Valerie Were, Ph.D., is the Social Science Lead at NOAA Center for Earth System Sciences and Remote Sensing Technologies at The City College of New York.
Valerie grew up in Kenya and Ethiopia, and moved to New York for work and the opportunity to live in the city. In contrast to her hometown, Valerie views New York City as, “much more congested” and filled with many more people.
What’s your favorite thing about being a scientist? Did you always want to be a scientist?
“I have always loved solving puzzles and science and the questions scientists ask are, to me, about solving a puzzle. My favorite thing is that I get to work at the intersection of people and the environment. We are great at measuring changes in the environment and need to keep doing so. However, we also need scientists to work on understanding the choices people make that affect the environment.”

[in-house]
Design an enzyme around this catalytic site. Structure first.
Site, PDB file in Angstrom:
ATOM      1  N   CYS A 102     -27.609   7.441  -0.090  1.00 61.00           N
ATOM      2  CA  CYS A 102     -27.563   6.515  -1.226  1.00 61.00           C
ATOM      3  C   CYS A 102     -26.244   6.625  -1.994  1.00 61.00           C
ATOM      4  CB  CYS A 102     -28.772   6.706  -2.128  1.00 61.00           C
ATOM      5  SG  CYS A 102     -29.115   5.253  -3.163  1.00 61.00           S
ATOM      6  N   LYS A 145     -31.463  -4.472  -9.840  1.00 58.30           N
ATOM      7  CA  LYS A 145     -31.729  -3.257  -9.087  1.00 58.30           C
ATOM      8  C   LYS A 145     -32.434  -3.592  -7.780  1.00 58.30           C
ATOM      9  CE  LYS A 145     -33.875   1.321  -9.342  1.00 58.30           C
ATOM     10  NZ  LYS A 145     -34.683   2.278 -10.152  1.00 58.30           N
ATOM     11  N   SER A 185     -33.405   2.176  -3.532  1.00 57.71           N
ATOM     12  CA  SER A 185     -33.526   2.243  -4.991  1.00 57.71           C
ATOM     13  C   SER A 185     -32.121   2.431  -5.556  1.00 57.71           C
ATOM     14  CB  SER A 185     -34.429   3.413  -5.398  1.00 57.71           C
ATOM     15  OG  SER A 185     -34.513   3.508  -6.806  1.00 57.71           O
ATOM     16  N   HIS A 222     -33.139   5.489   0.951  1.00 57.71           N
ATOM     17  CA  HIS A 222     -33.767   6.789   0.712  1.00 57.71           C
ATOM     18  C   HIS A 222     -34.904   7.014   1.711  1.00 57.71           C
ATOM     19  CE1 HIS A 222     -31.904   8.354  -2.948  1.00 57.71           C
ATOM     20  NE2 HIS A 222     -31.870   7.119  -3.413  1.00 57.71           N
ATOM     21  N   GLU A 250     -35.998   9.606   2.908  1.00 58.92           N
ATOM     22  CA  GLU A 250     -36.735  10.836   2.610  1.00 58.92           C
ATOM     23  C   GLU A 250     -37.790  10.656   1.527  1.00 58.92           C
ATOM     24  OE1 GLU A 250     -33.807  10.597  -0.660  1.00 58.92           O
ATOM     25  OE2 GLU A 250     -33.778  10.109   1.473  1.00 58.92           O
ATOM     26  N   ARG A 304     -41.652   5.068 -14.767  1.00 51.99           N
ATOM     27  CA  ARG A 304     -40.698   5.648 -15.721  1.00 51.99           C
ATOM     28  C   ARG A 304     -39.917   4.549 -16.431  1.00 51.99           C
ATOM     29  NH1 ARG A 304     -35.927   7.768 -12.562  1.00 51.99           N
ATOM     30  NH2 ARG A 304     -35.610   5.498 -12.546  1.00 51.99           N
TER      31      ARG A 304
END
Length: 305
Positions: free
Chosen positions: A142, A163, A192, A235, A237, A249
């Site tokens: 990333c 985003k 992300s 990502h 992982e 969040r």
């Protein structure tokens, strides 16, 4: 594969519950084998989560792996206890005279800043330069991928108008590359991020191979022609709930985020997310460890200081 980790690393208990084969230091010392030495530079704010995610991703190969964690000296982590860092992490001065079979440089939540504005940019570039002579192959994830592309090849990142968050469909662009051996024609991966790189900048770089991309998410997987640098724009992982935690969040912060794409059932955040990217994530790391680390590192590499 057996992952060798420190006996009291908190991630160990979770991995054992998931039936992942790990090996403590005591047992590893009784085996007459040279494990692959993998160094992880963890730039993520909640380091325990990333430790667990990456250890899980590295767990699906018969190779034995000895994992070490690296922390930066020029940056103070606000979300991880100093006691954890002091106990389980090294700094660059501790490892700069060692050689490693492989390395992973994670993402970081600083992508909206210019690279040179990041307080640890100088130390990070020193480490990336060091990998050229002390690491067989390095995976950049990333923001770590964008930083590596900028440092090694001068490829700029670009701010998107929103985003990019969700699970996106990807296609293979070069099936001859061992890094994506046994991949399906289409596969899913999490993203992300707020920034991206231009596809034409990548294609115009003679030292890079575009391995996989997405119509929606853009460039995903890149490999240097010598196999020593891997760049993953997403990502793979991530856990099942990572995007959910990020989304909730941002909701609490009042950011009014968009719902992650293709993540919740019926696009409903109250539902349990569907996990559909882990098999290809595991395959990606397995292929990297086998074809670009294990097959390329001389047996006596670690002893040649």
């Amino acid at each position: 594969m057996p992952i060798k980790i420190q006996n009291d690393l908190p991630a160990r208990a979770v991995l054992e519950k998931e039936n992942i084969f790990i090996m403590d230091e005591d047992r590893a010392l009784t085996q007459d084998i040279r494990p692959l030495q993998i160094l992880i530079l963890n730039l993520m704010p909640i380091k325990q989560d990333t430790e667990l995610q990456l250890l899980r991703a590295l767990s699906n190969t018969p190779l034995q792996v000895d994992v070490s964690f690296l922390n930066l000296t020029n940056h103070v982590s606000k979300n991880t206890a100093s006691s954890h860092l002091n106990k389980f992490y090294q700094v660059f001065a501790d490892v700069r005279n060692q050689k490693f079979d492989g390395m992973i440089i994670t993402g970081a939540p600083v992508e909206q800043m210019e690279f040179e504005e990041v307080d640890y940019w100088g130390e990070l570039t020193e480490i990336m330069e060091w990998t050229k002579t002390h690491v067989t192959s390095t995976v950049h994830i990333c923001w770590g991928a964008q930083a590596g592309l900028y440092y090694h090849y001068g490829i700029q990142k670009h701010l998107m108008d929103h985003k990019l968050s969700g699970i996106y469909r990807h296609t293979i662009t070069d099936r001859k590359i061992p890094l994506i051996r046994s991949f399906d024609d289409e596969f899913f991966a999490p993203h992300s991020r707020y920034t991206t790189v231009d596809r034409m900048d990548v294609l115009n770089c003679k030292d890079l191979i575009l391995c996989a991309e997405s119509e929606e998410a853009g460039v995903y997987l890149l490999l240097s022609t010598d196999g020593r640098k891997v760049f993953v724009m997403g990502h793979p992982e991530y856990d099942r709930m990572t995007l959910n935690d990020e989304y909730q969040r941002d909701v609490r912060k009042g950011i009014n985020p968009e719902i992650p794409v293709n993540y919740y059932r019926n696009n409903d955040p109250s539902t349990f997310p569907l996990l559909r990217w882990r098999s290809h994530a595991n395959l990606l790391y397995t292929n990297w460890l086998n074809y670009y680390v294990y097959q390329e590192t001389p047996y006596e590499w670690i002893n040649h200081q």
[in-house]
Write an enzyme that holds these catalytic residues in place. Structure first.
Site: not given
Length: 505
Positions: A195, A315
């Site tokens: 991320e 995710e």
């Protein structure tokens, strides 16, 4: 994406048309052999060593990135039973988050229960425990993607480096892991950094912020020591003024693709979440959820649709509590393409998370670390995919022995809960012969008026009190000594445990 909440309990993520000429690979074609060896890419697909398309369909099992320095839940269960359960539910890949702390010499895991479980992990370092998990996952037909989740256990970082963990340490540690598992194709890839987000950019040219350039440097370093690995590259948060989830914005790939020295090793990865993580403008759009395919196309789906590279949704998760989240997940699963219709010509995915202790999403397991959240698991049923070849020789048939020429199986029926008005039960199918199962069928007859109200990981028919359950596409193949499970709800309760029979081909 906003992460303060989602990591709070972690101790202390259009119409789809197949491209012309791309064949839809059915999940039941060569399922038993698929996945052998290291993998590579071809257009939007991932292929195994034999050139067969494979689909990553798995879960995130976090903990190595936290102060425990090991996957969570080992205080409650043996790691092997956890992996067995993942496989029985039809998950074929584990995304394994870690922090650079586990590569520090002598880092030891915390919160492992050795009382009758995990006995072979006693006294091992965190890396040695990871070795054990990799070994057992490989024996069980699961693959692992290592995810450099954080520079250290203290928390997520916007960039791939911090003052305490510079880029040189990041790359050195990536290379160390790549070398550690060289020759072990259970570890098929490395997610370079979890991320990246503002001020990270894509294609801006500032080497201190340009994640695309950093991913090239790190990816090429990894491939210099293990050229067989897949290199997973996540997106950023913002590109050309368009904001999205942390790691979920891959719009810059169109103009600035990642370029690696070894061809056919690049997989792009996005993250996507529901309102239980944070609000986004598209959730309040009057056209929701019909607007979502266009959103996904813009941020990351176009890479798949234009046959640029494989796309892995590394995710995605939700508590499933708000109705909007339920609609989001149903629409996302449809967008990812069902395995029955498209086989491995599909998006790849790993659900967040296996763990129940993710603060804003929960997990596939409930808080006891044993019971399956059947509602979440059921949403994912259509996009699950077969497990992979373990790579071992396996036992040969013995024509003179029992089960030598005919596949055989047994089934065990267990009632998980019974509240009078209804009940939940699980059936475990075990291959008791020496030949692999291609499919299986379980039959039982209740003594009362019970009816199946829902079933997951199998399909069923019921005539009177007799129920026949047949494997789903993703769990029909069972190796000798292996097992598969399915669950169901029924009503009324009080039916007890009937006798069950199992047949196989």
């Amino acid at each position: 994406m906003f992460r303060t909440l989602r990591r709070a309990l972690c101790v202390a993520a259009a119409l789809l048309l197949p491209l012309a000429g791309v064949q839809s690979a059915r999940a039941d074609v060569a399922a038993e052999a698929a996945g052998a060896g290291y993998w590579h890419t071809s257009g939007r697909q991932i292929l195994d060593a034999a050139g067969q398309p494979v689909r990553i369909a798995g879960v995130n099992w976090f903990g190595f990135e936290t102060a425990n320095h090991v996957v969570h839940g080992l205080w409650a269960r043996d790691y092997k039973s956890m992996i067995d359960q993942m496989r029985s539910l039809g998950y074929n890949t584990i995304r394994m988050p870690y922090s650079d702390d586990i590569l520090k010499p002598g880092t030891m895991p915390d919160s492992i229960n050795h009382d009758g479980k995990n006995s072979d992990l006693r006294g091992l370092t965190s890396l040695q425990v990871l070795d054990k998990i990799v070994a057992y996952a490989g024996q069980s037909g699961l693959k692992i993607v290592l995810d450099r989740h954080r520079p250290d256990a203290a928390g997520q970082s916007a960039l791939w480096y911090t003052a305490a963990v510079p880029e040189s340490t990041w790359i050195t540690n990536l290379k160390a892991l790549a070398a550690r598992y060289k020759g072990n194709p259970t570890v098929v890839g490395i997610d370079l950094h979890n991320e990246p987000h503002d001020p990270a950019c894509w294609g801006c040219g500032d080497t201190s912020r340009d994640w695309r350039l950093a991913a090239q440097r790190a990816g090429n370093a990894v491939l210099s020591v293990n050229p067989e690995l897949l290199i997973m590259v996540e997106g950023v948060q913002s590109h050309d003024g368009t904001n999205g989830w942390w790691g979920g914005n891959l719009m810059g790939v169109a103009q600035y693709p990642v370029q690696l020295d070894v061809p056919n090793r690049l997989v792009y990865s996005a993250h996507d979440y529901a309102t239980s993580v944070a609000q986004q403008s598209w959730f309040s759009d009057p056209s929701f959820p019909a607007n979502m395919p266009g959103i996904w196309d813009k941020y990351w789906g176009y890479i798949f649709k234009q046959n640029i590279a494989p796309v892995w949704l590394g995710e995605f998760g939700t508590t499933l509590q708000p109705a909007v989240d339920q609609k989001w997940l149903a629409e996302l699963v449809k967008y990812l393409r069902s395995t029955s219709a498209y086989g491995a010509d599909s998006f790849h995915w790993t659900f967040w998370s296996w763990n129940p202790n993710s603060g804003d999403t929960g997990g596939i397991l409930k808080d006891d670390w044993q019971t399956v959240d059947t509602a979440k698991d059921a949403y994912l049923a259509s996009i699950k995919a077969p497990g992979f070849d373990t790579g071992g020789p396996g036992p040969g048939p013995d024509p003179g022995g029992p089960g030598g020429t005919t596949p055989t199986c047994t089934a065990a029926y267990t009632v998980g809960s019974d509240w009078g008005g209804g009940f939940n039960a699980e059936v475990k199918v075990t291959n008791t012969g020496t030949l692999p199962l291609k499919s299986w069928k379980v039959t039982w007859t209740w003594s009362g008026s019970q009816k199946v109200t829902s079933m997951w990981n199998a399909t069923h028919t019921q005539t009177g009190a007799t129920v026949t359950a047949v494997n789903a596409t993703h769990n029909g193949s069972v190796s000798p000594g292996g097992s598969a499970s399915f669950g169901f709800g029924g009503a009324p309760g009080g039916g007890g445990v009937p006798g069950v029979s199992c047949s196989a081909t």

Can you think of a specific time when you found science or pursuing science challenging?
“Graduate school can be difficult at times so it takes some perseverance to power through.”
If you could give one piece of advice to young scientists or students, what would it be?
“There’s a lot to be learned from a failed experiment so don’t give up.”
If you hadn’t pursued science, what would you have done instead?
“I would have been a Reference Librarian because I would get to learn new things all the time and help people along the way.”
What is the funniest/strangest thing you have seen in NYC?
“Clothing choices in New York are a constant source of entertainment.”
If you were a lab animal/model organism, which would you be and why?
“Probably a yeast because they are key to understanding some pretty fundamental things about life like how cells copy DNA.”
If the building was burning, what single item would you grab as you ran out the door and why?
“My passport because at least I could travel somewhere to forget the mess for a little bit.”